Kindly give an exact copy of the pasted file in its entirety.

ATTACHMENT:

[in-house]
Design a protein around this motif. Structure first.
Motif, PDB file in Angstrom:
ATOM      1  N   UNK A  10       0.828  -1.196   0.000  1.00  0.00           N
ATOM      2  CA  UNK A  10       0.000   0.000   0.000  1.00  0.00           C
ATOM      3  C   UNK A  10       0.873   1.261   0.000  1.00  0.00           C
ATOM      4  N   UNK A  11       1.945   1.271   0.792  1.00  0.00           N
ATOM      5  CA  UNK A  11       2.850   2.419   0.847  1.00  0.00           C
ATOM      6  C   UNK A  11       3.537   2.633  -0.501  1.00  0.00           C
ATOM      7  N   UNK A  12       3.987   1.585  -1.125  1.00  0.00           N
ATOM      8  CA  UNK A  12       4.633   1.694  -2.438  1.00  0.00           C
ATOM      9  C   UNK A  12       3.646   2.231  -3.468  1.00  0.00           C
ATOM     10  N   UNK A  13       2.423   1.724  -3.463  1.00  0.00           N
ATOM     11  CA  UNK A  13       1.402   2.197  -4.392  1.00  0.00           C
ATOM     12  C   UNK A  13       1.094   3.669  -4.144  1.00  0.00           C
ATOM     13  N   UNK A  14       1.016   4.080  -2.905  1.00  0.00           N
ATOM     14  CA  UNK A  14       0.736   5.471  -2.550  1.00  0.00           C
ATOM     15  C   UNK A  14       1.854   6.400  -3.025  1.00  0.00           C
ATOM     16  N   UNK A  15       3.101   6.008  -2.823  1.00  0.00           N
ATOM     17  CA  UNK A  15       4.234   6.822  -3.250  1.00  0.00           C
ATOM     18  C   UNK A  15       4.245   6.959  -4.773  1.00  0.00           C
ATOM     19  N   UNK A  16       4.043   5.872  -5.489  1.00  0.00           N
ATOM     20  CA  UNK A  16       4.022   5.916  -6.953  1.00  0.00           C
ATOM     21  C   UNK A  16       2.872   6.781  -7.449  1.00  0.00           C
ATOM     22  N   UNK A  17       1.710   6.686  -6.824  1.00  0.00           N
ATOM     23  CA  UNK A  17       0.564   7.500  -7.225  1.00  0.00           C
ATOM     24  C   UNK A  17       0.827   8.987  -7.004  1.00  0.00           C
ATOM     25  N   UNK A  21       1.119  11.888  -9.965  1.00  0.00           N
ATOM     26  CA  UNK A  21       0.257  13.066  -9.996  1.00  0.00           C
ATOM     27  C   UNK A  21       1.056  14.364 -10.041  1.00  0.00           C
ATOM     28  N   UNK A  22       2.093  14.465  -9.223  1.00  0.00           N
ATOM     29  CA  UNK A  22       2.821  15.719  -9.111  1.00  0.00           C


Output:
[in-house]
Design a protein around this motif. Structure first.
Motif, PDB file in Angstrom:
ATOM      1  N   UNK A  10       0.828  -1.196   0.000  1.00  0.00           N
ATOM      2  CA  UNK A  10       0.000   0.000   0.000  1.00  0.00           C
ATOM      3  C   UNK A  10       0.873   1.261   0.000  1.00  0.00           C
ATOM      4  N   UNK A  11       1.945   1.271   0.792  1.00  0.00           N
ATOM      5  CA  UNK A  11       2.850   2.419   0.847  1.00  0.00           C
ATOM      6  C   UNK A  11       3.537   2.633  -0.501  1.00  0.00           C
ATOM      7  N   UNK A  12       3.987   1.585  -1.125  1.00  0.00           N
ATOM      8  CA  UNK A  12       4.633   1.694  -2.438  1.00  0.00           C
ATOM      9  C   UNK A  12       3.646   2.231  -3.468  1.00  0.00           C
ATOM     10  N   UNK A  13       2.423   1.724  -3.463  1.00  0.00           N
ATOM     11  CA  UNK A  13       1.402   2.197  -4.392  1.00  0.00           C
ATOM     12  C   UNK A  13       1.094   3.669  -4.144  1.00  0.00           C
ATOM     13  N   UNK A  14       1.016   4.080  -2.905  1.00  0.00           N
ATOM     14  CA  UNK A  14       0.736   5.471  -2.550  1.00  0.00           C
ATOM     15  C   UNK A  14       1.854   6.400  -3.025  1.00  0.00           C
ATOM     16  N   UNK A  15       3.101   6.008  -2.823  1.00  0.00           N
ATOM     17  CA  UNK A  15       4.234   6.822  -3.250  1.00  0.00           C
ATOM     18  C   UNK A  15       4.245   6.959  -4.773  1.00  0.00           C
ATOM     19  N   UNK A  16       4.043   5.872  -5.489  1.00  0.00           N
ATOM     20  CA  UNK A  16       4.022   5.916  -6.953  1.00  0.00           C
ATOM     21  C   UNK A  16       2.872   6.781  -7.449  1.00  0.00           C
ATOM     22  N   UNK A  17       1.710   6.686  -6.824  1.00  0.00           N
ATOM     23  CA  UNK A  17       0.564   7.500  -7.225  1.00  0.00           C
ATOM     24  C   UNK A  17       0.827   8.987  -7.004  1.00  0.00           C
ATOM     25  N   UNK A  21       1.119  11.888  -9.965  1.00  0.00           N
ATOM     26  CA  UNK A  21       0.257  13.066  -9.996  1.00  0.00           C
ATOM     27  C   UNK A  21       1.056  14.364 -10.041  1.00  0.00           C
ATOM     28  N   UNK A  22       2.093  14.465  -9.223  1.00  0.00           N
ATOM     29  CA  UNK A  22       2.821  15.719  -9.111  1.00  0.00           C